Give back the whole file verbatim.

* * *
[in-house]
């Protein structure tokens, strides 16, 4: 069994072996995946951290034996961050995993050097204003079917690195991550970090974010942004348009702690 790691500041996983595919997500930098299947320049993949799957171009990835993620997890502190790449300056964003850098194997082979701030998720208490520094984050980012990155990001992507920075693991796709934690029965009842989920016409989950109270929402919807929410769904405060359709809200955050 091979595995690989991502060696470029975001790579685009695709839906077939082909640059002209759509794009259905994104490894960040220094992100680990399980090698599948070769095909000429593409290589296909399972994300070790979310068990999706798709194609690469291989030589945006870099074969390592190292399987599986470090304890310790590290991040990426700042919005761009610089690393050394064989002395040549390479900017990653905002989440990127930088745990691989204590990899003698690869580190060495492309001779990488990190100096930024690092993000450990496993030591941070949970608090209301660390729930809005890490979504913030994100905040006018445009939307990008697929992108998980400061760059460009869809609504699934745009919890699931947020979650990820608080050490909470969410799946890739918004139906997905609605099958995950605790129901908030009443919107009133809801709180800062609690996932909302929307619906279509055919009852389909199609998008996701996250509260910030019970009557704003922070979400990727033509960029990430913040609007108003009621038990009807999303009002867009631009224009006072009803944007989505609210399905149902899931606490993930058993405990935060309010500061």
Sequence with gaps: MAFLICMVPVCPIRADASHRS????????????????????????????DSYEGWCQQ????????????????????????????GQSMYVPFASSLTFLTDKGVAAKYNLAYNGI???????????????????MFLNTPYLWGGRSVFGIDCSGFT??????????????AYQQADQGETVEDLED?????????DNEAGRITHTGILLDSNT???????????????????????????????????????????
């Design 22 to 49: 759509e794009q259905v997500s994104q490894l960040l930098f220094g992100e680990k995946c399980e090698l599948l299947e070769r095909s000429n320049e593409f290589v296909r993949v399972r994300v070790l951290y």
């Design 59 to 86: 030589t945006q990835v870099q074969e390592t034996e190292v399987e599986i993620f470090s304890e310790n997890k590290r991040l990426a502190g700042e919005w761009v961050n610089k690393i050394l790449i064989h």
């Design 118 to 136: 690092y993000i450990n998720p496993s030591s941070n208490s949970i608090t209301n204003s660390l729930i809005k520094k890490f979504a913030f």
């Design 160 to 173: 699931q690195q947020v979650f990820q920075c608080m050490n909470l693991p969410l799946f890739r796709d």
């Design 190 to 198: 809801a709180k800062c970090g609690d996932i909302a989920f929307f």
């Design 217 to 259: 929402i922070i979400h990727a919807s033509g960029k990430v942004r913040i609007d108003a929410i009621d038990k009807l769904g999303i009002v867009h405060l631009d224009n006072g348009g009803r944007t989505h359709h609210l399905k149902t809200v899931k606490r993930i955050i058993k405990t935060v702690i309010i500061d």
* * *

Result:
[in-house]
């Protein structure tokens, strides 16, 4: 069994072996995946951290034996961050995993050097204003079917690195991550970090974010942004348009702690 790691500041996983595919997500930098299947320049993949799957171009990835993620997890502190790449300056964003850098194997082979701030998720208490520094984050980012990155990001992507920075693991796709934690029965009842989920016409989950109270929402919807929410769904405060359709809200955050 091979595995690989991502060696470029975001790579685009695709839906077939082909640059002209759509794009259905994104490894960040220094992100680990399980090698599948070769095909000429593409290589296909399972994300070790979310068990999706798709194609690469291989030589945006870099074969390592190292399987599986470090304890310790590290991040990426700042919005761009610089690393050394064989002395040549390479900017990653905002989440990127930088745990691989204590990899003698690869580190060495492309001779990488990190100096930024690092993000450990496993030591941070949970608090209301660390729930809005890490979504913030994100905040006018445009939307990008697929992108998980400061760059460009869809609504699934745009919890699931947020979650990820608080050490909470969410799946890739918004139906997905609605099958995950605790129901908030009443919107009133809801709180800062609690996932909302929307619906279509055919009852389909199609998008996701996250509260910030019970009557704003922070979400990727033509960029990430913040609007108003009621038990009807999303009002867009631009224009006072009803944007989505609210399905149902899931606490993930058993405990935060309010500061």
Sequence with gaps: MAFLICMVPVCPIRADASHRS????????????????????????????DSYEGWCQQ????????????????????????????GQSMYVPFASSLTFLTDKGVAAKYNLAYNGI???????????????????MFLNTPYLWGGRSVFGIDCSGFT??????????????AYQQADQGETVEDLED?????????DNEAGRITHTGILLDSNT???????????????????????????????????????????
């Design 22 to 49: 759509e794009q259905v997500s994104q490894l960040l930098f220094g992100e680990k995946c399980e090698l599948l299947e070769r095909s000429n320049e593409f290589v296909r993949v399972r994300v070790l951290y």
């Design 59 to 86: 030589t945006q990835v870099q074969e390592t034996e190292v399987e599986i993620f470090s304890e310790n997890k590290r991040l990426a502190g700042e919005w761009v961050n610089k690393i050394l790449i064989h």
């Design 118 to 136: 690092y993000i450990n998720p496993s030591s941070n208490s949970i608090t209301n204003s660390l729930i809005k520094k890490f979504a913030f």
């Design 160 to 173: 699931q690195q947020v979650f990820q920075c608080m050490n909470l693991p969410l799946f890739r796709d």
């Design 190 to 198: 809801a709180k800062c970090g609690d996932i909302a989920f929307f």
């Design 217 to 259: 929402i922070i979400h990727a919807s033509g960029k990430v942004r913040i609007d108003a929410i009621d038990k009807l769904g999303i009002v867009h405060l631009d224009n006072g348009g009803r944007t989505h359709h609210l399905k149902t809200v899931k606490r993930i955050i058993k405990t935060v702690i309010i500061d």